Android users have been clamoring for a full-featured aviation app to match some of the impressive products available on iPad and iPhone. It’s finally here, with the launch of Garmin Pilot. This impressive app (a sister app to Garmin Pilot for iOS) is made for both Android phones and tablets, and is a complete cockpit companion. We’ve been testing it for a few weeks now, and while it isn’t perfect, we do think it’s the best Android app yet for pilots.
Pilot includes most of the features you’ve come to expect from a pre-flight and in-flight app, including: complete charts (sectionals, IFR enroute charts and approach plates), pre-flight weather briefings, DUAT(S) flight plan filing and detailed airport information.
Garmin has included some nice add-ons too. The built-in AOPA Airport Directory is a bonus, giving Garmin Pilot some of the most comprehensive airport information we’ve seen. Garmin’s SafeTaxi airport diagrams are also included, offering detailed taxiway information for over 700 airports. These charts can be geo-referenced (as can the approach plates) if you purchase the Pro subscription package.
The app is a helpful backup for in-flight navigation, and the popular Dual XGPS150A Bluetooth GPS works well with Pilot. You can overlay your entire route on your preferred chart and view key navigation data in a split screen format. Flight plan entry is a strong suit here, as you can enter detailed routes just like a panel-mount GPS. If you’ve flown Garmin panel-mount avionics, you’ll recognize how to use this feature right away. We found this really helpful on last-minute re-routes from ATC.
Garmin obviously spent some time optimizing the user interface, and it pays off for the most part. The dedicated home button at the top left of the app pops up a large, icon-based menu that is very similar to Garmin aera and GTN GPSs. This makes it easy to get around the app without relying on the Android menu button (which is disappearing on newer phones and tablets).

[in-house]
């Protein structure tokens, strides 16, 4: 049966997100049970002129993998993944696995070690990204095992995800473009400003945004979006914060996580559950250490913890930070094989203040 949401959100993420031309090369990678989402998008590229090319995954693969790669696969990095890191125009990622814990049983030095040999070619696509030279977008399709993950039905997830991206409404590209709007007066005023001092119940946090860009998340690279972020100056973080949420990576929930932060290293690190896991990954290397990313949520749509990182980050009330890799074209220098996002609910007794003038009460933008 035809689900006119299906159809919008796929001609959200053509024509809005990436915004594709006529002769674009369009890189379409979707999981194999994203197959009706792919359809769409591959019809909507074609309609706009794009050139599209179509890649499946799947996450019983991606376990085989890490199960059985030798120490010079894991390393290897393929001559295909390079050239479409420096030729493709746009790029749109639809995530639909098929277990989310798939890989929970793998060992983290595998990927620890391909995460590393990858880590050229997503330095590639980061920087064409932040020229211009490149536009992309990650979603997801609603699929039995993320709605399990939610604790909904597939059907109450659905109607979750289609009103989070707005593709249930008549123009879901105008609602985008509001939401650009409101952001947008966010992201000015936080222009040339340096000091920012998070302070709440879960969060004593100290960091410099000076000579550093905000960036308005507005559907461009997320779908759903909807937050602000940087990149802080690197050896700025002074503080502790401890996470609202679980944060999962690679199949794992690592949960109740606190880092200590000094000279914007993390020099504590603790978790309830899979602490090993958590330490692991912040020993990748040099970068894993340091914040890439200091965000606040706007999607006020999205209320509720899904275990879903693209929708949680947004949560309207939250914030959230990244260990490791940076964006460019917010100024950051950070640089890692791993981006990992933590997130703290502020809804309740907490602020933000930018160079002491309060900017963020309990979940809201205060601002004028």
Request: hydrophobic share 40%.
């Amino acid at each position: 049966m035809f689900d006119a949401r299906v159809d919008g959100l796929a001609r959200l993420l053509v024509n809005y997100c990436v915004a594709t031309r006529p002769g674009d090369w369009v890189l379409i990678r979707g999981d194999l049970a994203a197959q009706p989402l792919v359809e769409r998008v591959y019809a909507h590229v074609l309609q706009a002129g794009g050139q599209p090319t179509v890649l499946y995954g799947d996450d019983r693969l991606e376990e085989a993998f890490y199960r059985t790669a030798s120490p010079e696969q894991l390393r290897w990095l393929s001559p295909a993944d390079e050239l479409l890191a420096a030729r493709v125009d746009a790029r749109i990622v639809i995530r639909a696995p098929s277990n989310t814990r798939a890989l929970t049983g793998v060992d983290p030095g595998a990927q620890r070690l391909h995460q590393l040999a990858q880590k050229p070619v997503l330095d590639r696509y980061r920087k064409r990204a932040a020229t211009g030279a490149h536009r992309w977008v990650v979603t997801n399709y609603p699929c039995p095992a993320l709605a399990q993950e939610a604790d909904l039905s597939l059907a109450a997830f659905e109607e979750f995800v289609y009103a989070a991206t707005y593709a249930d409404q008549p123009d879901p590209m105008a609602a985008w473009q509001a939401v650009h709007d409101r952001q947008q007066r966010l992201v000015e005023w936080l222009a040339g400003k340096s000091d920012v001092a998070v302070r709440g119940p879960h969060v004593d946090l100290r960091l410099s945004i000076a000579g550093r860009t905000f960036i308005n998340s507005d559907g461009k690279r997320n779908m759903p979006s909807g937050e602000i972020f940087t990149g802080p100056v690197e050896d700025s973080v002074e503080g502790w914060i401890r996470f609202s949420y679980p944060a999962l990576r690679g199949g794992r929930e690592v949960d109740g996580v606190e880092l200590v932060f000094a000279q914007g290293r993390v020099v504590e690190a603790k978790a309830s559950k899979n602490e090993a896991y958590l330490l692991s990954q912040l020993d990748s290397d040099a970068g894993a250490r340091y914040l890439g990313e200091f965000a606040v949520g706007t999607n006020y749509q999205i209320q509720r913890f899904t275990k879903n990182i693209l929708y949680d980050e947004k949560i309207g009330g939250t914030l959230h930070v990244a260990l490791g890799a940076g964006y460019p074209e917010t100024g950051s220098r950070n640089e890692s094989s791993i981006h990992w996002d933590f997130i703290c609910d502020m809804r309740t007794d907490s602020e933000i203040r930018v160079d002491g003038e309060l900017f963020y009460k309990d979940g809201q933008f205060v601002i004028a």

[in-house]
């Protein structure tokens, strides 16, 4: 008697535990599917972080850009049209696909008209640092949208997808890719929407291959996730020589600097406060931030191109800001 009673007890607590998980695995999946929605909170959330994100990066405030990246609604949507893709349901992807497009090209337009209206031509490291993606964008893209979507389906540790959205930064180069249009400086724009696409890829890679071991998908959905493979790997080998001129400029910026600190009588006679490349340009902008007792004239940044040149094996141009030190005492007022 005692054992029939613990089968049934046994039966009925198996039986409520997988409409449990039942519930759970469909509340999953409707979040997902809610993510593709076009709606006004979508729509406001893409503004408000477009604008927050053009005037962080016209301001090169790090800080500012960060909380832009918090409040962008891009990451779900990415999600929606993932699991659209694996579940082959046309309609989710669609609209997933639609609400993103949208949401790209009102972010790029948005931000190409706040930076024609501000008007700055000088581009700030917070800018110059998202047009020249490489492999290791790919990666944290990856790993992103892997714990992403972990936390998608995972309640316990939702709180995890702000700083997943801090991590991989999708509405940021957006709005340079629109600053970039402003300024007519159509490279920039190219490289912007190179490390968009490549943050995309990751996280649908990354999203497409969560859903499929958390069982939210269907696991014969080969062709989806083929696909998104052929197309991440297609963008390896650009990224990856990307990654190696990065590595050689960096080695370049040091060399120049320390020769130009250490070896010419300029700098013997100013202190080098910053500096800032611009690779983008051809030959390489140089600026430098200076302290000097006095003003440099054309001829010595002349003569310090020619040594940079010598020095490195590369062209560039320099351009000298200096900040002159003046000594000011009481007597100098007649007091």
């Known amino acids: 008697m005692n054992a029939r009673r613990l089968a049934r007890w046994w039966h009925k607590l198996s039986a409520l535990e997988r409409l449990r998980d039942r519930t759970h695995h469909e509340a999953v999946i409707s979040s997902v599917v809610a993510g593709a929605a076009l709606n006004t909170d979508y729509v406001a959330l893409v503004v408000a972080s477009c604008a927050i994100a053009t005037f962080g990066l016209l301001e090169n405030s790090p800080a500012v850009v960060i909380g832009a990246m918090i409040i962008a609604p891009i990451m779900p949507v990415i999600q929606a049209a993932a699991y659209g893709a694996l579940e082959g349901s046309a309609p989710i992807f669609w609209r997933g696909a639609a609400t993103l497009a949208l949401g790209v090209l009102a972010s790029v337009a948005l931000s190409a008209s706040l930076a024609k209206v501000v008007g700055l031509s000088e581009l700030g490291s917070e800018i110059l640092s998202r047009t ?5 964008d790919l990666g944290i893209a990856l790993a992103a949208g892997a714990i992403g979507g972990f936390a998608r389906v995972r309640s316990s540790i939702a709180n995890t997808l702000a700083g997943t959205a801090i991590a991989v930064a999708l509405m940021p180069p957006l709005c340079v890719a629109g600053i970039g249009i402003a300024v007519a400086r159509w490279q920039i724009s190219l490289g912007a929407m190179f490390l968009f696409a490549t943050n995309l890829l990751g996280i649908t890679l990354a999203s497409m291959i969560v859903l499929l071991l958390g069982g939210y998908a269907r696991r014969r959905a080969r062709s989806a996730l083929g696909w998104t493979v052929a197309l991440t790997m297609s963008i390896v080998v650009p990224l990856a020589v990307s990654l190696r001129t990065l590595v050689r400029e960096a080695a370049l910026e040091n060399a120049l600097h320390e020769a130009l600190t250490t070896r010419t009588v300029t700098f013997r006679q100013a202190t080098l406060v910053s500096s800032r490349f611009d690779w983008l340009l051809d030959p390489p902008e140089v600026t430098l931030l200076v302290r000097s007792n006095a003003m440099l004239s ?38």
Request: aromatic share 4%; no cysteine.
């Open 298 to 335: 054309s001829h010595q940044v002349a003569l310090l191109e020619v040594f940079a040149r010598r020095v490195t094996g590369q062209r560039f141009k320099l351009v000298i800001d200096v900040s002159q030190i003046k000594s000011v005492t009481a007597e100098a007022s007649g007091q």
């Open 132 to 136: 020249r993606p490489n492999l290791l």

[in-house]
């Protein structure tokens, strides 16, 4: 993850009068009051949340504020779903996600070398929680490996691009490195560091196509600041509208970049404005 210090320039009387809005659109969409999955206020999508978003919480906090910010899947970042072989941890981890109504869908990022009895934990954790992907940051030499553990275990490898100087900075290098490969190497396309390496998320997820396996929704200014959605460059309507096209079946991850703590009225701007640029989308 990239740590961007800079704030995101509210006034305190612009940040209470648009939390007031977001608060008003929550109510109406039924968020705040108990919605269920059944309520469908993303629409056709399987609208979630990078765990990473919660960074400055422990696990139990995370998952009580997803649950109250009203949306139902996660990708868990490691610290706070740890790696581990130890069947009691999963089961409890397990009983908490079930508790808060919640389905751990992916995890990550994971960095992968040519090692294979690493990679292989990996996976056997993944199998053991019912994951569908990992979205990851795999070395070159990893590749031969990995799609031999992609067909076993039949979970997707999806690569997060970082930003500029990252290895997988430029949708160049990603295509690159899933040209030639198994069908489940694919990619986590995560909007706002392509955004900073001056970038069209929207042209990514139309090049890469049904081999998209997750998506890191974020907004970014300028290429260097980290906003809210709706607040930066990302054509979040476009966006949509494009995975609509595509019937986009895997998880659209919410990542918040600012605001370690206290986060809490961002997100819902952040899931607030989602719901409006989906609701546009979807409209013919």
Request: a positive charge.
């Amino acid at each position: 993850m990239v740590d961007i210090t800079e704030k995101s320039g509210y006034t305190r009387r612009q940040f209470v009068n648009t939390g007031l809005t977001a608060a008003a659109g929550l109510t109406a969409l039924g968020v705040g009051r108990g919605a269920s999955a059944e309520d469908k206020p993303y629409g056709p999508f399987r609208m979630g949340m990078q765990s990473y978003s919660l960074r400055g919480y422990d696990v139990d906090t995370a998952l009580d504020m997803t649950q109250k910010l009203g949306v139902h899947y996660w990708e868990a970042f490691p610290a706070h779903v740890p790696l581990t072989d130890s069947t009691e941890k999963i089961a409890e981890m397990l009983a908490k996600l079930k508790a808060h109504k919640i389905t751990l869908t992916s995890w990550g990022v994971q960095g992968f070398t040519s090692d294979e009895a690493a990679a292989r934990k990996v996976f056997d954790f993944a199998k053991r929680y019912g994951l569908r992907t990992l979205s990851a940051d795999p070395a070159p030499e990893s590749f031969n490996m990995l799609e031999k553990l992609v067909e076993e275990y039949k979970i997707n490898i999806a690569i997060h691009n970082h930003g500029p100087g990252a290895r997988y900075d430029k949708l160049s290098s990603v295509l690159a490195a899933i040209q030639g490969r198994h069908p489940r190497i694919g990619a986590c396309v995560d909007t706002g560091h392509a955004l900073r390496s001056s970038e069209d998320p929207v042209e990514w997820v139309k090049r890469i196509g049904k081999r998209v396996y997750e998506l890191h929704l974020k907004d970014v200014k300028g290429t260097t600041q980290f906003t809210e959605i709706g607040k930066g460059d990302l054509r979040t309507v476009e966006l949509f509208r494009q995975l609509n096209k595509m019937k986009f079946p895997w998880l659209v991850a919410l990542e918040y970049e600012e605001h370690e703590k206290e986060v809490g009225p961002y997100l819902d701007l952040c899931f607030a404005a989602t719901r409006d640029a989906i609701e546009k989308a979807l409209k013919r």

Chart updates are quick too, allowing you to download multiple updates simultaneously. The one beef is that there are almost too many options here. Databases are selected for download from a map, so you choose digital charts just like you would choose paper charts–tap on the Cincinnati sectional to get that area of coverage. If you’re close to a new chart cycle, you can choose to download the current charts or the next cycle charts. It’s a nice option, but it can get confusing if you’re downloading a lot of different charts.
One great feature of Garmin Pilot is that it works across platforms–so you can run Pilot on your iPad and your Android phone with one subscription. We’re not aware of any other app that allows this. Just make sure to create an account on one device, then sign in with that account on the other device.
Now for a couple of complaints. First (and this is more a criticism of Android than this particular app), the app experience varies across different hardware. We tried it on a Samsung Galaxy Tab 10.1 tablet, and it worked well. We also tried it on an HTC Thunderbolt phone and a Droid Incredible 2 with good success. But some other phones were less than ideal, and some tablets were simply not compatible. The Google Play store tells you automatically if an app is available on your device(s), so check to make sure it will work on your phone or tablet.
Also, this is not as mature as the iOS app, so some significant features are missing in the Android version:
- No radial menu–tap a place on the map and you get a pop-up button for direct-to, airport information or weather
- No graphical route editing
- No XM Weather option (the Baron Mobile Link works on iOS)
- No chart binders for approach plates
- No panel page of instruments
But Garmin is committed to updating this product, so many of the features will probably be added in the near future. It’s an impressive app even as it stands today.